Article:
### Lesson Synthesis

Display the geometric sequence \(\frac{3}{10}\), \(\frac{3}{100}\), \(\frac{3}{1000}\), \(\frac{3}{10000}\), . . . for all to see and ask students what they would need to do to figure out the approximate sum of the first 30 terms of this sequence. After a brief quiet think time, select 2–3 students to suggest ideas for figuring out the sum, focusing on identifying \(a\) (the starting term) and \(r\) (the common ratio) values in order to use the sum formula \(s=a\frac{1-r^{n}}{1-r}\).

Give students time to work out the sum of the first 30 terms. If needed, display the general form \(s = a(1+r+r^2+ . . . +r^{n-1})\) for all to see and tell students that they may want to use this form to help accurately identify \(a\) and \(r\). Conclude the discussion by selecting students to share their results, recording the formula \(s= \frac{3}{10} \frac{1-\left(\frac{1}{10}\right)^{30}}{1-\frac{1}{10}}\) for all to see. The sum of the first 30 terms is approximately 0.333333. . . Students are likely to notice that this value appears to be the same as \(\frac13\). Ask students if they think adding more than the first 50 terms of the sequence together will ever get a value larger than \(\frac13\). Select 2–3 students to share their thinking. It may surprise students to learn that it will not, since for each term added the sum will only be moved closer to the value of \(\frac13\), but never above it. To help students understand why the sum will never increase beyond \(\frac13\), it may be helpful to rewrite the sum of the first 30 terms in the sequence in decimal form, \(0.3 + 0.03 + 0.003 + 0.0003 + . . . + 0.3(0.1)^{29}\), to see that each additional term only increases the precision of the sum. This particular topic, finite geometric series, is one studied further in future math classes.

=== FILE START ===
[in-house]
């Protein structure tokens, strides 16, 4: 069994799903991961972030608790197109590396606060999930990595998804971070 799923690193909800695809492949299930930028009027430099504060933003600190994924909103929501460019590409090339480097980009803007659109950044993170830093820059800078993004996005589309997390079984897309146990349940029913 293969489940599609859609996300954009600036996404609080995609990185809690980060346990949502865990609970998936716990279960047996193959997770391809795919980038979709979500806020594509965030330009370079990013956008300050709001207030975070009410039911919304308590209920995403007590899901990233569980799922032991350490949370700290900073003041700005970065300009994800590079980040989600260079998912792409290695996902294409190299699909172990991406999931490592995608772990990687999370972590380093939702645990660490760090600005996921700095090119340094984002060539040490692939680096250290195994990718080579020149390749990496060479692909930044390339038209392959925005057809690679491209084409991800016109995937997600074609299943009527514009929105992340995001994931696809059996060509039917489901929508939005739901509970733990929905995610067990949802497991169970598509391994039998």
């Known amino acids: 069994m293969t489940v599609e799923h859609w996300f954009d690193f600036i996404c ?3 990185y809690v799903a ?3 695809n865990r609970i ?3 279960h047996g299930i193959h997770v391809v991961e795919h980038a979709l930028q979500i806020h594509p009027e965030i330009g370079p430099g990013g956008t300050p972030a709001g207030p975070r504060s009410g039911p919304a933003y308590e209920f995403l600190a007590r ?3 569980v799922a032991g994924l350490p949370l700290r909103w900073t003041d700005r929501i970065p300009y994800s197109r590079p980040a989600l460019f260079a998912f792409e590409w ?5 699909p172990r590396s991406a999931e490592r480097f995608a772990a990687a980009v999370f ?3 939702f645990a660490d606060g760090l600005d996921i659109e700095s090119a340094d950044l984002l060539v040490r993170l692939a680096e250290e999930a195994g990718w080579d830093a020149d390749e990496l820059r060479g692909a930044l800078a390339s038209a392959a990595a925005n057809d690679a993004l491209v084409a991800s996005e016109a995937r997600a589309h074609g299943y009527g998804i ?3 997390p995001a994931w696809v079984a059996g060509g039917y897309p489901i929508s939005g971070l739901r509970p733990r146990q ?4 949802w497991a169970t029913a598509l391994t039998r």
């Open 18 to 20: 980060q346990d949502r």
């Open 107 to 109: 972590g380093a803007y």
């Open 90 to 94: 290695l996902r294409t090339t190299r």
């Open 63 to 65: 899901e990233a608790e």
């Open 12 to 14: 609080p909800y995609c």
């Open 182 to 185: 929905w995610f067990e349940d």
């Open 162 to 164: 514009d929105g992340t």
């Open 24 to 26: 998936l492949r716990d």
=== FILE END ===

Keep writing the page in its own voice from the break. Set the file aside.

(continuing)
## 25.4: Cool-down - After the Last Dose (5 minutes)

### Cool-Down

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## Student Lesson Summary

### Student Facing

Sometimes identities can help us see and write a pattern in a simpler form. Imagine a chessboard where 1 grain of rice is placed on the first square, 2 on the second, 4 on the third, and so on. How many grains of rice are on the 64-square chessboard? Trying to add up 64 numbers is difficult to do one at a time, especially because the first 20 squares have more than one million grains of rice on them! If we write out what this sum \(s\) is, we have

\(\displaystyle s = 1 + 2 + 4 + . . . + 2^{63}\)

If we rewrite this expression as \(2^{63}+ . . . + 2^2 + 2 + 1\), we have an expression similar to one we’ve seen before, \(x^{n-1} + x^{n-2} + . . . +x^2+x+1\).

In an earlier lesson, we showed that \((x - 1)(x^{n-1} + x^{n-2} + . . . +x^2+x+1)\) is equivalent to the simpler expression \((x^{n} -1)\). Using this identity with \(x=2\) and \(n=64\), we have

\(\displaystyle \begin{align*} (2^{64-1} + 2^{64-2} + . . . +2^2+2+1) &= s \\ (2 - 1)(2^{64-1} + 2^{64-2} + . . . +2^2+2+1) &= (2-1)s \\ 2^{64}-1 &= (2-1)s \\ \frac{2^{64}-1}{2-1} &= s \\ 2^{64}-1 &= s\\ \end{align*}\)

This means that the sum total of all the grains of rice is \(2^{64}-1\), or \(18,\!446,\!744,\!073,\!709,\!551,\!615\). More generally, for any geometric sequence starting at \(a\) with a common ratio \(r\), the sum \(s\) of the first \(n\) terms is given by \(s=a\frac{1-r^{n}}{1-r}\).